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John Hollenbeck: Joys & Desires & Sequence

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John Hollenbeck & Jazz Bigband Graz
Joys & Desires
Intuition
2005


Jorrit Dijkstra + John Hollenbeck
Sequence
Trytone
2006




Jazz' tradition police may have a necessary role to play, but that role is purely negative if it inhibits the music's continued creative mutation, especially as manifest in new work by iconoclastic trailblazers like John Hollenbeck and Jorrit Dijkstra. At this point, seeing how jazz is near the bottom of the heap in commercial terms, why not let it off the tether and see where it gets to? In fact, that's what's been happening for over 30 years anyway, sometimes leading to strange and wonderful new sounds we'd be much the poorer without.

In Europe the controversy of preserving jazz in its so-called original form (whatever that might mean) doesn't seem to be a concern at all. Some European musicians have an enviable ability to fold the entirety of their tradition in with the beloved American form with a seeming untroubled wit and skill, at times displaying a grasp of jazz' essentials that belies any lack of proximity to the source. Hollenbeck, though an American, spends plenty of time over there and his music is firmly built upon modern forms from both continents, along with other strains from other domains, resulting in a unique sound that invites multiple listens.

Some jazz through-composers can't resist atonality and the results are usually hard for ordinary listeners to take. Hollenbeck's brilliance derives from his accessible deftness with melody and rhythm and judicious use of minimalist and ambient techniques. Blended with what can be called 'acoustic techno groove' and delivered by a first-rate jazz ensemble, the resulting music is totally, enjoyably unique.

The title seems to refer to Hollenbeck's awareness of his music's uneasy purchase on the craggy firmament of the American jazz scene. He has had to travel to Europe to find the support to produce a work of this ambition. On the title track, Theo Bleckmann, of the winsome voice, sings a bittersweet lyric (from a William Blake poem) that was originally meant to chide religion's spoilers - those harsh, black-clad priests who punished children and squelched all pleasures in the name of the one true God. The implication is that a composer as independent of jazz orthodoxy as Hollenbeck either has to toe the line or face censure from the jazz priesthood.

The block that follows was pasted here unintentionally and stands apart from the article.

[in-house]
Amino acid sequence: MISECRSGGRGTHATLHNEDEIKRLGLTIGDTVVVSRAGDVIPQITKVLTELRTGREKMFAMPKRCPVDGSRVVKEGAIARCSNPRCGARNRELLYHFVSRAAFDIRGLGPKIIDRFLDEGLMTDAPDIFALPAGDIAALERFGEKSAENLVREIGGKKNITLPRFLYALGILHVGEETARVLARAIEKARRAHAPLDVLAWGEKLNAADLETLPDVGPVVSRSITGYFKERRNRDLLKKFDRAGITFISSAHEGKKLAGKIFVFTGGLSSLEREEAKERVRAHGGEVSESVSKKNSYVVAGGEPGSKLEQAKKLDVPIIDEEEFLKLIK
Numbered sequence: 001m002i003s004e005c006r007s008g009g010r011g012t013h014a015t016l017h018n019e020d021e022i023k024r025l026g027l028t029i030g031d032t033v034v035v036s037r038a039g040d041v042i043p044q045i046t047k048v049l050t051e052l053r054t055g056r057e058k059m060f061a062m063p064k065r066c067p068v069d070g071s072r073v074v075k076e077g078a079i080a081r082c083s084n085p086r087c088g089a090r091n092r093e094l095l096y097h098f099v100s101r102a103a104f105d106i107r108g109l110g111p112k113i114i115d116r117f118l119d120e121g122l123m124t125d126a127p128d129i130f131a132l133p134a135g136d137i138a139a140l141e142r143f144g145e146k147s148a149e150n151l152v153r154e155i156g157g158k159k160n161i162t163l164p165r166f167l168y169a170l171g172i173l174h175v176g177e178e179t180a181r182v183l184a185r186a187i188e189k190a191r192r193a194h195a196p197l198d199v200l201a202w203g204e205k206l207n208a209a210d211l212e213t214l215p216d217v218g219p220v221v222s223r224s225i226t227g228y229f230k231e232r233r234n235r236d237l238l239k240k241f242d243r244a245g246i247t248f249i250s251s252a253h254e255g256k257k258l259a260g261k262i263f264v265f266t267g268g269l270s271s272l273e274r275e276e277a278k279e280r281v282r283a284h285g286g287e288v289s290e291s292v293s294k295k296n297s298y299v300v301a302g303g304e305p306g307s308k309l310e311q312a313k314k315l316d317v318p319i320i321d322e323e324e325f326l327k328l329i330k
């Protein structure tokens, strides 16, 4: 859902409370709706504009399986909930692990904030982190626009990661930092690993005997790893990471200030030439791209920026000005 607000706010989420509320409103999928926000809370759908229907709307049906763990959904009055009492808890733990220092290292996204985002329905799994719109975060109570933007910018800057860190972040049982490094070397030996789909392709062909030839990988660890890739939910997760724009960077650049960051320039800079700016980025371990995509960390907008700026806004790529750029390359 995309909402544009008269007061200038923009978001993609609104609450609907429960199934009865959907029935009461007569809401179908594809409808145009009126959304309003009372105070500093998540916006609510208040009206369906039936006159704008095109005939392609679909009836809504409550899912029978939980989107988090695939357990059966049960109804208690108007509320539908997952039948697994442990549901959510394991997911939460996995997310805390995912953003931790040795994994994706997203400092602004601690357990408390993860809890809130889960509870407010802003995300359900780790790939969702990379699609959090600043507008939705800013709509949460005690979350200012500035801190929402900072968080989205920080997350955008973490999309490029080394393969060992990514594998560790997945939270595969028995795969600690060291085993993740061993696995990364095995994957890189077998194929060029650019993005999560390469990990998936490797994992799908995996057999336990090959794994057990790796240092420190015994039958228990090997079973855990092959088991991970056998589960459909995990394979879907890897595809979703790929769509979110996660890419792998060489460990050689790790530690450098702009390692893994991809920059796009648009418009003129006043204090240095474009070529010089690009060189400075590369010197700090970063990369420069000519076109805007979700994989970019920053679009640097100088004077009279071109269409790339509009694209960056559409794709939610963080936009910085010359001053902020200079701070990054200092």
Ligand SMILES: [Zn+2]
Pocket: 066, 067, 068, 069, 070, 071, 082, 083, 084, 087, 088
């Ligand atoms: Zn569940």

No reasonable person would call Sequence, Hollenbeck's new CD with Boston's brilliant Jorrit Dijkstra, jazz, but a minute into it and the fearless sound explorer will surely cease to care. For years Dijkstra has been quietly creating some of the most listenably adventurous experimental music using alto sax wired up to a raft of analog gadgets. He's yet to receive the recognition he deserves, but that may change soon. Solo, Dijkstra's work is plenty engaging. Add Hollenbeck, unleashed from any score and in full creative mode and you've got odd, oddly compelling music. Emphasis on the word 'music', as these artists miraculously avoid mere inspired noisemaking.

All the tracks on Sequence are titled in two punchy words, juxtaposed with ironic poise, a reflection of the music. It would make perfect sense if the duo chose one word each, randomly.


Tracks and Personnel

Joys & Desire

Tracks: The Bird with the Coppery, Keen Claws; Just Like Him; Abstinence; Jazz Envy; After a Dance or Two, We Sit Down for a Pint with Gil and Tim; The Garden of Love; Maxfield.

Personnel: John Hollenbeck & Big Band Graz

Sequence

Tracks: Bubble Wig; Iron Skin; Pollen Gamut; Dub Machine; Whistle Baby; Rubber Mitten; Breath Attack; Neuron Ringer; Grizzly Scrap; Junior Electro; Micro Slope.

Personnel: Jorrit Dijkstra: alto sax, lyricon, analog electronics, tin whistles, music box; John Hollenbeck: drums, percussion, autoharp, kalimba.


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